One clear theme in downturn conversations with executives? Most seem to believe Florida, with a population surge showing few signs of a pullback, will be able to withstand either a brief or a prolonged downturn, whatever it’s called, better than most other big states.
On that, Gulf Coast Builders Xchange Executive Director Mary Dougherty echoes several others in saying “thank God Ron DeSantis” kept the state open early in the pandemic, and has continued hammering that theme. That’s especially true in construction — long a jobs and economic multiplier machine. “I think Florida,” Dougherty says, “will be really be an outlier if we’re going to a recession.”
Lots of questions
The what to do “if” we’re in a recession question leads to, or overlooks, an equally important question: are we even in a recession?
Some of the data, debated nationally with a heavy political slant on bath sides, points to an overwhelming yes, a recession is underway. The biggest check for that box comes from the U.S. gross domestic product, which fell in the first two quarters of 2022: 1.6% in he first quarter and 0.9% in the second quarter, the Bureau of Economic Analysis reported Aug. 1. The last time the GDP fell two straight quarters was 2009 — also a recession.
Other statistics, statements and signs of a recession, or at least a significant downturn, include:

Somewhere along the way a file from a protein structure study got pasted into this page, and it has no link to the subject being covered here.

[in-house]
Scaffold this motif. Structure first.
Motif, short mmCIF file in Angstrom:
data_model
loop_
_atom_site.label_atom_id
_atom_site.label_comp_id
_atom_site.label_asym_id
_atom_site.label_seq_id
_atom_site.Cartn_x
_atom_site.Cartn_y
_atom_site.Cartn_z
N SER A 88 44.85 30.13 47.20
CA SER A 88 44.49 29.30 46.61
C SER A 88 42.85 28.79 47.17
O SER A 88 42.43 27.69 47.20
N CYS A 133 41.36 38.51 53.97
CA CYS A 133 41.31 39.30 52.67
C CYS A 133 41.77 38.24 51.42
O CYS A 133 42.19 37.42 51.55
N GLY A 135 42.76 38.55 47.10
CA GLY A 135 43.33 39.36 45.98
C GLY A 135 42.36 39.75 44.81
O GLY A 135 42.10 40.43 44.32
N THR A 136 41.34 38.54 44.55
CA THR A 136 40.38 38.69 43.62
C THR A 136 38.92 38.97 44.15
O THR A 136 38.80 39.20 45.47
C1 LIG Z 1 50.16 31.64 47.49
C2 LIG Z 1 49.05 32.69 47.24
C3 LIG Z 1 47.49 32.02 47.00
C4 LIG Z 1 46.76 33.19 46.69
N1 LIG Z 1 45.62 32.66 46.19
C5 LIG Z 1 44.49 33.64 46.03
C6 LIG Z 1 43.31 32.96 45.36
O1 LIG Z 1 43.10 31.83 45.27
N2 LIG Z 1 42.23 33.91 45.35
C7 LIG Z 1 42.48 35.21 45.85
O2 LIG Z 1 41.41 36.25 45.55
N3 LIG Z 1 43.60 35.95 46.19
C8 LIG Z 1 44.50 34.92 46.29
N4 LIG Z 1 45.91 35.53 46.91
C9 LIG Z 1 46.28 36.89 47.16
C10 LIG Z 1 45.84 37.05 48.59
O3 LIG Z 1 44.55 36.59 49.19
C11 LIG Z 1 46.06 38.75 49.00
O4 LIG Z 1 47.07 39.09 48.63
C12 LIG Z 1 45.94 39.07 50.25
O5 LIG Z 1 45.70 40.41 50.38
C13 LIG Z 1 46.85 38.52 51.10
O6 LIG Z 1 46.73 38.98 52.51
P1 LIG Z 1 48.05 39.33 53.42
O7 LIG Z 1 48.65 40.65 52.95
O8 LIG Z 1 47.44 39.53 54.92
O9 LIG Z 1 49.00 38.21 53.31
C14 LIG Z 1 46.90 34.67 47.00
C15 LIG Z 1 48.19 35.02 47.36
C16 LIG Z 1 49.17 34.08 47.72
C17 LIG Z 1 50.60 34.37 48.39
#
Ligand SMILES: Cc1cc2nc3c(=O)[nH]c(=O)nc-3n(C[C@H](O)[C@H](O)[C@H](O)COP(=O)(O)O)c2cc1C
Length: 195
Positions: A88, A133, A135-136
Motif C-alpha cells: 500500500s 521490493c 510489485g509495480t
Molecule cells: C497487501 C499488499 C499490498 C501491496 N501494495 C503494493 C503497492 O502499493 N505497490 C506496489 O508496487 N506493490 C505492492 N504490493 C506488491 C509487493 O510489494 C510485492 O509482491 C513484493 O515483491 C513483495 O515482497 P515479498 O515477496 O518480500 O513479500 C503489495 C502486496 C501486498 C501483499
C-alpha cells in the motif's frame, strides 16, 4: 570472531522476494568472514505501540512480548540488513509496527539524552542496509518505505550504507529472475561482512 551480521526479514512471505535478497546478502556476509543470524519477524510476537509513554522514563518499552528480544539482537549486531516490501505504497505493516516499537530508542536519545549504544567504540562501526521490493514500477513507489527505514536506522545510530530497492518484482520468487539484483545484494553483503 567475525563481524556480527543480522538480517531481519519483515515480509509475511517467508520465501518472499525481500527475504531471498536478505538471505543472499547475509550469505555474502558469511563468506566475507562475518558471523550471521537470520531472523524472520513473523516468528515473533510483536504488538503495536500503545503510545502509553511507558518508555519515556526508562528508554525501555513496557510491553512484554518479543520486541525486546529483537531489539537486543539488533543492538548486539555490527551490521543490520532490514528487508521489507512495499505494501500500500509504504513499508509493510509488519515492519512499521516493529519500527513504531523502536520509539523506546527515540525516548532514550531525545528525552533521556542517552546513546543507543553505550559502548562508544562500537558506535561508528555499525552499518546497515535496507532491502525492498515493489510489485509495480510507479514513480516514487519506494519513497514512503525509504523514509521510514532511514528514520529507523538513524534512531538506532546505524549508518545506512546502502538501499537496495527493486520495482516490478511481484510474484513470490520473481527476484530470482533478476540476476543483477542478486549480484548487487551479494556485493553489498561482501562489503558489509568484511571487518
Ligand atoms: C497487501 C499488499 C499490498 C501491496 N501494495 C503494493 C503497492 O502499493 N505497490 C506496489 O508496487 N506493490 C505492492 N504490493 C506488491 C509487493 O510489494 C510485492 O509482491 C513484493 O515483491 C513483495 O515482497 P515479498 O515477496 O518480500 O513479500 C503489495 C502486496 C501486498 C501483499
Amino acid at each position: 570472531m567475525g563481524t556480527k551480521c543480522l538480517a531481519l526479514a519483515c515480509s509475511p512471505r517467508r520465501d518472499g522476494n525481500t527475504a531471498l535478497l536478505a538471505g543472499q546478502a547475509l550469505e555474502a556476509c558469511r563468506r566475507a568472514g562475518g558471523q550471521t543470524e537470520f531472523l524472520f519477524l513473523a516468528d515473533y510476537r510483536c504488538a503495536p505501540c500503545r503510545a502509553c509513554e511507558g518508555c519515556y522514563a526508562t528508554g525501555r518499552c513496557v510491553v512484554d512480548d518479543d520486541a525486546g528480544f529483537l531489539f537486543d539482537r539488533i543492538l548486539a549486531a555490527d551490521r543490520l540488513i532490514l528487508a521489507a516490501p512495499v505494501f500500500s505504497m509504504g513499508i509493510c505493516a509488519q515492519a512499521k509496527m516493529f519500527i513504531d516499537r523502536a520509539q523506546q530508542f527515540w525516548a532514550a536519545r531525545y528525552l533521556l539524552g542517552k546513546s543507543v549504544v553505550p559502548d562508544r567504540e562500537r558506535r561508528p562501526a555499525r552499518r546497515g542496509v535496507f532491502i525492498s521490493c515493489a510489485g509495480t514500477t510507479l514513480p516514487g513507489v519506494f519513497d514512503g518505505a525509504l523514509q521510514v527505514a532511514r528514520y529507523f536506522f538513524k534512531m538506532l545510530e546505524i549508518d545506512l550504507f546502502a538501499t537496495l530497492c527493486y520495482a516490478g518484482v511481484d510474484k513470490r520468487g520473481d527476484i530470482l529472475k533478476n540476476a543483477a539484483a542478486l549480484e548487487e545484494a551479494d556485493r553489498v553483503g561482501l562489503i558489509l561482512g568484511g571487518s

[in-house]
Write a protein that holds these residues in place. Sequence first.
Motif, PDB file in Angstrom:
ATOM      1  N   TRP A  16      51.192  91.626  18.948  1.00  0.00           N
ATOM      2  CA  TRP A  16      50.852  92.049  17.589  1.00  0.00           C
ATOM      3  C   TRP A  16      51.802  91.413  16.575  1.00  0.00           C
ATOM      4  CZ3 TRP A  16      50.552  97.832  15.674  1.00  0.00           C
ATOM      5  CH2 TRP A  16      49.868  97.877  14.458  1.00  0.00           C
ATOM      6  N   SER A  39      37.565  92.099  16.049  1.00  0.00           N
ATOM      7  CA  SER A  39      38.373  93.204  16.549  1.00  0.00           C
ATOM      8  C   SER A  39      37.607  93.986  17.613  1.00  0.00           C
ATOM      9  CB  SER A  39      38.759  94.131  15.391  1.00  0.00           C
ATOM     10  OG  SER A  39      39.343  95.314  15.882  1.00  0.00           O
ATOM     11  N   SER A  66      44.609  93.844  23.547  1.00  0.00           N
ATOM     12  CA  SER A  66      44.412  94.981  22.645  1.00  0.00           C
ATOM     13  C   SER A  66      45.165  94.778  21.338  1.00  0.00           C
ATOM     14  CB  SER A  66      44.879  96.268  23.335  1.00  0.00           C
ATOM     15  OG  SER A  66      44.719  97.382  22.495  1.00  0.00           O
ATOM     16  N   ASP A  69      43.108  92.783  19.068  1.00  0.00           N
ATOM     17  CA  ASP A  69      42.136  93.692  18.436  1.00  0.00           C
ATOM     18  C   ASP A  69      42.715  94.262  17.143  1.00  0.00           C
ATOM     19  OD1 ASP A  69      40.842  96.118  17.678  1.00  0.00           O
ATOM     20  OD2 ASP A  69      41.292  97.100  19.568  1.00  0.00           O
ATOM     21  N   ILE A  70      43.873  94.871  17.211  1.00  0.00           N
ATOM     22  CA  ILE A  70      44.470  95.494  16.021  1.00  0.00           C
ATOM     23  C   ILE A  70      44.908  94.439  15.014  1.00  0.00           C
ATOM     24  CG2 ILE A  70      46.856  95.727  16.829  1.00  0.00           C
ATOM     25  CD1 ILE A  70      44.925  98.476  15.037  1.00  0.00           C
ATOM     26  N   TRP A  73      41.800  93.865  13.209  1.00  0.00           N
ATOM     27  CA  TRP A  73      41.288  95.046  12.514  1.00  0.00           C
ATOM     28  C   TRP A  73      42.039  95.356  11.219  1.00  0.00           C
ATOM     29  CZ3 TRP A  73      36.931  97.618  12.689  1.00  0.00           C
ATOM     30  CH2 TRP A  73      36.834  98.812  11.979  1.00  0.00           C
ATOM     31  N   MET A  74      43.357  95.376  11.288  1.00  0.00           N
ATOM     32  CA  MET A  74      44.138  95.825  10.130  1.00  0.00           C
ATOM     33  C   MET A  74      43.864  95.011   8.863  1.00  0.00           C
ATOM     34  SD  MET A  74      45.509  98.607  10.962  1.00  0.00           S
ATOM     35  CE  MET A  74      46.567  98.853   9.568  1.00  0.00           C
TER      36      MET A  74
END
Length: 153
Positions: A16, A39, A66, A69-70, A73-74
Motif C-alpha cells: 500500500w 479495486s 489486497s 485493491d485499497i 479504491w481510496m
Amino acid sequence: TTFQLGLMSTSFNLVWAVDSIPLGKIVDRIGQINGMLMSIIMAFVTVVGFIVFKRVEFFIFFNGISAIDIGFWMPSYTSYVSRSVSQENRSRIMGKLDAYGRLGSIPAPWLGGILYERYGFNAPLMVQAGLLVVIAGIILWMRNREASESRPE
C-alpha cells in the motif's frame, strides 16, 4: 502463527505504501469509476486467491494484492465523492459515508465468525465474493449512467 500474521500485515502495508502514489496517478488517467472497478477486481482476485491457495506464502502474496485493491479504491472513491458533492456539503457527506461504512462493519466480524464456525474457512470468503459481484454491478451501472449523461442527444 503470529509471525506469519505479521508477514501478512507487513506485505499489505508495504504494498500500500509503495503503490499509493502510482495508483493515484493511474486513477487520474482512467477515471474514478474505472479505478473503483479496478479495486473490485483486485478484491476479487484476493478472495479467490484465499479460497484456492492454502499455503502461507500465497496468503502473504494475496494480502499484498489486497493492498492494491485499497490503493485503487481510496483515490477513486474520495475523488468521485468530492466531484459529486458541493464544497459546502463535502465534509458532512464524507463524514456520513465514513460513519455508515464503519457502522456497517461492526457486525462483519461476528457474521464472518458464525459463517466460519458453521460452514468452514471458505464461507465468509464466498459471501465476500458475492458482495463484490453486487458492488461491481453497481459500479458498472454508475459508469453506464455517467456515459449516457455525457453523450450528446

- Nearly eight in 10 CEOs, in a global summer mid-year survey from New York-based business research nonprofit The Conference Board, expect a recession in their primary region of operation within the next 12 to 18 months — or believe one is already underway.
- Prominent Wall Street investor Cathie Wood, who recently relocated the headquarters for her firm, ARK Invest, from New York to St. Petersburg, says a recession is already here. Speaking during her monthly webinar released Aug. 9, Wood cites not only the negative back-to-back quarters of declining GDP, but three consecutive months of declines in leading indicators, such as household employment and unemployment insurance. It’s not all bad. The recession, she projects, could be over by 2023, Wood said on the webinar. “We think we’re in a pretty significant inventory recession, but we don’t think it will be anything like the systemic recession and financial crisis of ‘08-‘09,” Wood said on the webcast. “It will be what economists used to call a garden variety recession.”